Cleavers – Herbs in Your Backyard That You Can Use to Your Advantage


Supposedly geese also enjoy cleavers, which inspires this bird's other comical nickname, “gooseweed.” The following will tell you where you can find cleavers and what their remarkable uses are.

I usually find my cleavers throughout the woodlands where I live but you can also find them growing heartily in thicket environments too. They are quite pretty in a delicate way, gracefully drooping as they grow up to a few feet long and timidly offering for our viewing enjoyment a dainty white flower that shows on the stalks from the leaf axils. The plant should be gathered before flowering and dried in the shade.

Cleavers are a lymphatic alterative or tonic, restoring health to an overtaxed lymph structure which is trying to keep your immune system in top shape. I highly recommend reading up on this quiet network that does so much! One of my favorite doctors refers to the lymphatic system as the “Cinderella system”, staying in the shadows, cleaning up all the messes the rest of the body systems make, while really filling the highest and most noble function of enabling the body to fight disease. So anywhere in the body where swollen glands are present – especially tonsillitis or adenoid problems- is a perfect scenario for cleavers to come to aid. A suggested lymph cleansing infusion is this mixture, derived from Rosemary Gladstar’s HerbalRecipes: 2 parts calendula, 2 parts cleavers, 1 part mullein and 1 part spearmint.  If you use about an ounce of herbs to a quart of water and let it infuse overnight, you can be set for an entire day the next day. She suggests drinking 2-3 cups daily for a few weeks to drain the lymph system.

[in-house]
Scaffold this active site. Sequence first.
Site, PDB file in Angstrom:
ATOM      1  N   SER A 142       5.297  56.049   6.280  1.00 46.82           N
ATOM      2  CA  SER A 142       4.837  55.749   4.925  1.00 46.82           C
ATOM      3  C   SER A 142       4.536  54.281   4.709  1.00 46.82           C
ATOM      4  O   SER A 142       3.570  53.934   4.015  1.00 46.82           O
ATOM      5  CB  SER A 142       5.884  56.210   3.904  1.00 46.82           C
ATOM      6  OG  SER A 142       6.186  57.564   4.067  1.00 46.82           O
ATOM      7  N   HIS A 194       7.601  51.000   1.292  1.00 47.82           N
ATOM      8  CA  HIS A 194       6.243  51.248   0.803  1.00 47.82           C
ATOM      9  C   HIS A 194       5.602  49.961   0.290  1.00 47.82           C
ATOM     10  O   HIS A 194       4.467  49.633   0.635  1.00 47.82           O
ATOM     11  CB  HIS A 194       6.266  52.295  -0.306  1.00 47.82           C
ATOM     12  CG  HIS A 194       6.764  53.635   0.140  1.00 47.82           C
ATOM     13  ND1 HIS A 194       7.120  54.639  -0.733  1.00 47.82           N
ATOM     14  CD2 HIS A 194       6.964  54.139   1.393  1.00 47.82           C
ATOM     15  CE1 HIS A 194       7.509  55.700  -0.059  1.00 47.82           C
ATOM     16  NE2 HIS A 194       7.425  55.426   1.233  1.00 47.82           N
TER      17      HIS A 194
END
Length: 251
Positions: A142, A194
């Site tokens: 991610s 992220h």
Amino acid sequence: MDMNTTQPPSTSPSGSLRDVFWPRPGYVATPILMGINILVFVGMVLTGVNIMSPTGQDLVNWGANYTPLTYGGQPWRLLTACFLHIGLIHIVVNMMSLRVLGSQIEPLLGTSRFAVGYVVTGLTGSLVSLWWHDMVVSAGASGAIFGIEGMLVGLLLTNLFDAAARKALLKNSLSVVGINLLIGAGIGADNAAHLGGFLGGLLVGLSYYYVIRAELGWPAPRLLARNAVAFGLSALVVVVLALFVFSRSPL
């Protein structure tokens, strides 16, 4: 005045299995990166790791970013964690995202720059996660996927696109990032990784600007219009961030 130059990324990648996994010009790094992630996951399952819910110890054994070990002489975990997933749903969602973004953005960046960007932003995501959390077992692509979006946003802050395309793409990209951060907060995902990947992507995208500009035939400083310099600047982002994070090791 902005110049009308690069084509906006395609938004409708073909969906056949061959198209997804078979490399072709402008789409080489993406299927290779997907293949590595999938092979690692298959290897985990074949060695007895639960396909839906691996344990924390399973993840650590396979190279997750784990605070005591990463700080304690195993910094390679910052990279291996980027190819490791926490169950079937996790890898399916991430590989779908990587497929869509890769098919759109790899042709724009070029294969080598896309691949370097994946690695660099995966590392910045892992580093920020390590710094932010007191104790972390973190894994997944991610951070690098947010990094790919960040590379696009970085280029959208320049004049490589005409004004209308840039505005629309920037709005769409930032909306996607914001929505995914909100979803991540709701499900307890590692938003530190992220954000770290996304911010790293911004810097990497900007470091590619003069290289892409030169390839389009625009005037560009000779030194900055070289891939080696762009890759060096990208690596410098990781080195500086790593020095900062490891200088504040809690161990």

The actions attributed to cleavers are: diuretic, alterative, anti-inflammatory, tonic, astringent, anti-neoplastic, hepatic, laxative, and vulnerary. Cleavers can also bring relief in urinary tract infections and are widely used topically to relieve dry skin conditions, like psoriasis. Cleavers have been used in the treatment of ulcers and tumors and have been used in experimentation with dogs as an agent in reducing blood pressure without slowing the heart or having any other side effects!

Using cleavers as a tea is the easiest way to use this wonderful herb, soaking a tablespoon of the dried flakes for some minutes and drinking it. Actually, cleavers are a light caffeine substitute for coffee!

Nature, in its infinite wisdom, brings all sorts of eatable “weeds” and grasses to us; wonderful for salads, teas and – yes – medicine.

Go to Ultimate Survival Tips and read more on cleavers!


  1. Damien Dilliplane said:

    the aerial parts are the best and most potent to use,the plant itself is a pretty good blood purifier to help the body filter out things that it can’t normally by itself. its a diuretic,lymphatic cleanser, & a mild astrigent. it can also be eaten as a vegetable to be boiled in stews or sweat it out in a frying pan like spinach. it’s also really good to make in a cream to help relieve psoriasis